I think that Roger will be n4 because of Stan’s results. He hasn’t made nothing, just two first rounds, and I don’t know in the 250 that are before Wimby, but they don’t give many points

    [Reply]

    Ru-an Reply:

    I don’t think Stan will be top 4. Probably the big 4 again with Murray either 3 or 4.

    [Reply]

  5. Good analysis, Ruan. Intellectually, I agree with many of your points; but emotionally, I’m puzzled and saddened by how you and many others on this site constantly wring their hands over Roger’s faults—his mental lapses, his lack of will power, his tendency to be haunted by a missed opportunity, his stubborn ego … you name it … on and on, till kingdom come. People, people, people! Give the man a break! He is almost 33 yrs. old! That is positively ancient in tennis terms, especially when one considers that in this sport, decisions and reaction times are measured not in leisurely seconds, but in a ruthless micro-second. Aging is not kind to the brain in such circumstances. And then when one ponders the gradual decline of the body’s musculature and stamina, one can’t help but conclude that most of Roger’s woes are due to the cruel vagaries of Father Time. So ease up, Fedfanciers. Be happy with what this great champion has accomplished. And if the Maestro wants to keep playing till he’s forty, out of sheer love of the game, let him, and applaud him! Even if his ranking gradually falls to 100! He has earned the right to follow the beat of his own drummer. And always, always, remember Robert Frost’s beautiful poem about these autumnal issues:
    Nature’s first green is gold,
    Her hardest hue to hold.
    Her early leaf’s a flower;
    But only so an hour.
    Then leaf subsides to leaf.
    So Eden sank to grief,
    So dawn goes down to day.
    Nothing gold can stay.
    I would only add that in Roger’s case there may well be one last defiance of Nature’s cruel coarse: a magnificent final burst of bloom on the hollowed courts of Wimbledon.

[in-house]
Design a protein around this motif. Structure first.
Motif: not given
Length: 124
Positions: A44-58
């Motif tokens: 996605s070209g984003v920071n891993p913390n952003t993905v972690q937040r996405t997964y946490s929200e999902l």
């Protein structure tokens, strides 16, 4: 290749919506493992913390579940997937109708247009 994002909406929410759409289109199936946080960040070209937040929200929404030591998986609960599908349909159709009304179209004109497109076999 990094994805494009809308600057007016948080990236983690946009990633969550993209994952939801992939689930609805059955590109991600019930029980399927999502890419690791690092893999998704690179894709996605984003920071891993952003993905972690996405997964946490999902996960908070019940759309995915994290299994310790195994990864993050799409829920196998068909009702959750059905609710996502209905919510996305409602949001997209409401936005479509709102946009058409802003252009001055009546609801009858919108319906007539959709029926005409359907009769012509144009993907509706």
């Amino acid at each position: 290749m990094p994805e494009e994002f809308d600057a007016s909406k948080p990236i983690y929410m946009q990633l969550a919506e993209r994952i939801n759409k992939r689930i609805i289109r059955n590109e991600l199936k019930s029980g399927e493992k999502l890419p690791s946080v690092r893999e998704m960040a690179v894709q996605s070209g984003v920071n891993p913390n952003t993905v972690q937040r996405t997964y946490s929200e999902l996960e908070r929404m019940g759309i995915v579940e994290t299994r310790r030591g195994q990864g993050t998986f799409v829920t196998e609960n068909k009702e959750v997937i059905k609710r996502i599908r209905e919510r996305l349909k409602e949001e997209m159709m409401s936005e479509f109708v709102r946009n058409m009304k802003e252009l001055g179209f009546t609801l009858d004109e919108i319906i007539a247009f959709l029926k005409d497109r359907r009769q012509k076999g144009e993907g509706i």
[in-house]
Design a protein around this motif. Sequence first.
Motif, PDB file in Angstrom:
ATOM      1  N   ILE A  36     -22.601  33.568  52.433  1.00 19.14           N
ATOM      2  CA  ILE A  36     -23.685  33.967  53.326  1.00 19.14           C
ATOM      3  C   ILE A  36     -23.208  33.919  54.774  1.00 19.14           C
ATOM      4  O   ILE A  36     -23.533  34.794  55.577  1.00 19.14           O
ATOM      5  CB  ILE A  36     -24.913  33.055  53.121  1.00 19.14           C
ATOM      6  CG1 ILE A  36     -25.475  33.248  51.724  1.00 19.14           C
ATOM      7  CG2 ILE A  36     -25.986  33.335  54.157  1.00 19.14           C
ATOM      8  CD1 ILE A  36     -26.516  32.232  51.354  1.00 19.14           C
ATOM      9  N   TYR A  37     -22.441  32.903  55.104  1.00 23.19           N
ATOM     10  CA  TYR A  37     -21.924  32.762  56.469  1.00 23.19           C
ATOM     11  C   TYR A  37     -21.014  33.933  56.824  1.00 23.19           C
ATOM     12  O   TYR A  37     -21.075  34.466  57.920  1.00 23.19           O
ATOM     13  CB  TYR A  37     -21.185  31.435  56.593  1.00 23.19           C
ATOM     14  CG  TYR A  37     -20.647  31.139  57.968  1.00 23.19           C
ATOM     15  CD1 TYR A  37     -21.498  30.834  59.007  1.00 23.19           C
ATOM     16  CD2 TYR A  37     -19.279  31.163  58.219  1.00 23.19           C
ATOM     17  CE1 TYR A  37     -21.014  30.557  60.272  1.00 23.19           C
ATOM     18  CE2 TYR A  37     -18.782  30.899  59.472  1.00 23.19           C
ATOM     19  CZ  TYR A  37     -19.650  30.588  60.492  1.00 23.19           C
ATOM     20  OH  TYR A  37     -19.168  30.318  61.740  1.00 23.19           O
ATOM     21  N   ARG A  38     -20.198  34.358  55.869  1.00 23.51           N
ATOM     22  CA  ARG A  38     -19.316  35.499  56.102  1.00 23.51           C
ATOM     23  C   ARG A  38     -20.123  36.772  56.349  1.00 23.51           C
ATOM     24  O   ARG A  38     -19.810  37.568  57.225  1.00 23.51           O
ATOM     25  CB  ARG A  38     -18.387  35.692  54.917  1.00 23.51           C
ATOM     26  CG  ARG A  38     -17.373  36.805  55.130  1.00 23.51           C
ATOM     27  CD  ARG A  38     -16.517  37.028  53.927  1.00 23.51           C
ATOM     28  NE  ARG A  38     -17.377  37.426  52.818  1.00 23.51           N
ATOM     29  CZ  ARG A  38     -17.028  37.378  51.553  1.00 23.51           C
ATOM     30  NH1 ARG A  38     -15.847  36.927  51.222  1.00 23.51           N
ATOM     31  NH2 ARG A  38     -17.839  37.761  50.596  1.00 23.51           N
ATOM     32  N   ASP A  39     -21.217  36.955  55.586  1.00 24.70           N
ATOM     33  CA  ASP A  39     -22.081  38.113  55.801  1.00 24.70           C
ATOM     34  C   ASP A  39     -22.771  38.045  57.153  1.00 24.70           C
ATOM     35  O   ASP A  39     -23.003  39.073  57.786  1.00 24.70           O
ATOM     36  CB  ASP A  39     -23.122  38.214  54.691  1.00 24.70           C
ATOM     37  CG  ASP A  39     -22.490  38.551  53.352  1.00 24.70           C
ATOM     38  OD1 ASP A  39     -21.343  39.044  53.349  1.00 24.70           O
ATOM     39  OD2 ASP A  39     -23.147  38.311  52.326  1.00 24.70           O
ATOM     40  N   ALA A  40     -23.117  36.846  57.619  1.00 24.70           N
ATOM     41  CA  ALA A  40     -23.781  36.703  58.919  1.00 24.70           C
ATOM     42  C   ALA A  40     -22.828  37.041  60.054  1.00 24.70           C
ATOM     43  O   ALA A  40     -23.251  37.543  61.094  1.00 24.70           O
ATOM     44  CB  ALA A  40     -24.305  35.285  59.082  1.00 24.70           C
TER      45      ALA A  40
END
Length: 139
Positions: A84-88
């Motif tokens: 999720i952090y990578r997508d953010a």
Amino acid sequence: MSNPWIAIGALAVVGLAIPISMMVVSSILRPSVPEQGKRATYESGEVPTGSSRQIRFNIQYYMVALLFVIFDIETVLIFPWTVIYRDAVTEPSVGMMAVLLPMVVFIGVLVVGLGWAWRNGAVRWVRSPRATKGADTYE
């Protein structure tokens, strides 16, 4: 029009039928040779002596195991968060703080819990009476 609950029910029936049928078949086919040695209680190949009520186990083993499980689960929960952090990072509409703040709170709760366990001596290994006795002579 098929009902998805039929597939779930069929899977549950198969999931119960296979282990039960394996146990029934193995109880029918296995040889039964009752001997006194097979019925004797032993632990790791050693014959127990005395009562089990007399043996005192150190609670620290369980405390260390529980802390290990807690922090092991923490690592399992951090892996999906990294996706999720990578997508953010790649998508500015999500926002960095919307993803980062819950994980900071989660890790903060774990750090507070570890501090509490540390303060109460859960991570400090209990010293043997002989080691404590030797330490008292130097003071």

[Reply]

    Ru-an Reply:

    Good comment Balthazar. I don’t think I am overly critical of Roger. I give him and have given him huge amounts of praise over the years. But you are right that one should not be too critical at this stage for his career. That’s why steer clear of unrealistic expectations and try to influence my readers to do the same, because unrealistic expectations create disappointment and criticism. I am simply being brutally honest when I say Roger could and should have won this match. Age have nothing to do with putting an easy overhead away or winning the next point.

    [Reply]

    Katyani Reply:

    Hey Balthazar, if there is anyone on this site who comes close to beeing a “blind Roger follower” than that is me, I come pretty close to it. BUT I AM NOT :-) I see ALMOST no fault in Roger whatever he does. But…..there comes a time when you have to be kind of “real”. He played great…..lost… but should have won. Roger is not mentally weak. I don’t accept that. At all. You don’t win 17 GS by beeing weak. But… there is something there. I hate if when people talk about “choke”, but at 40-15… eventhough he made that wrong point, he still could have won that set. But like Ru-an says, he stays in it. And that is what I don’t understand why someone as great as Roger can do that. Why couldn’t he just forget that point and concentrate on the other?? He can do that, but not for a long period I guess. He moved quickly on from losing the 3rd set, because he was serving for the 4th. Then why let a questionable MTO get inside his head??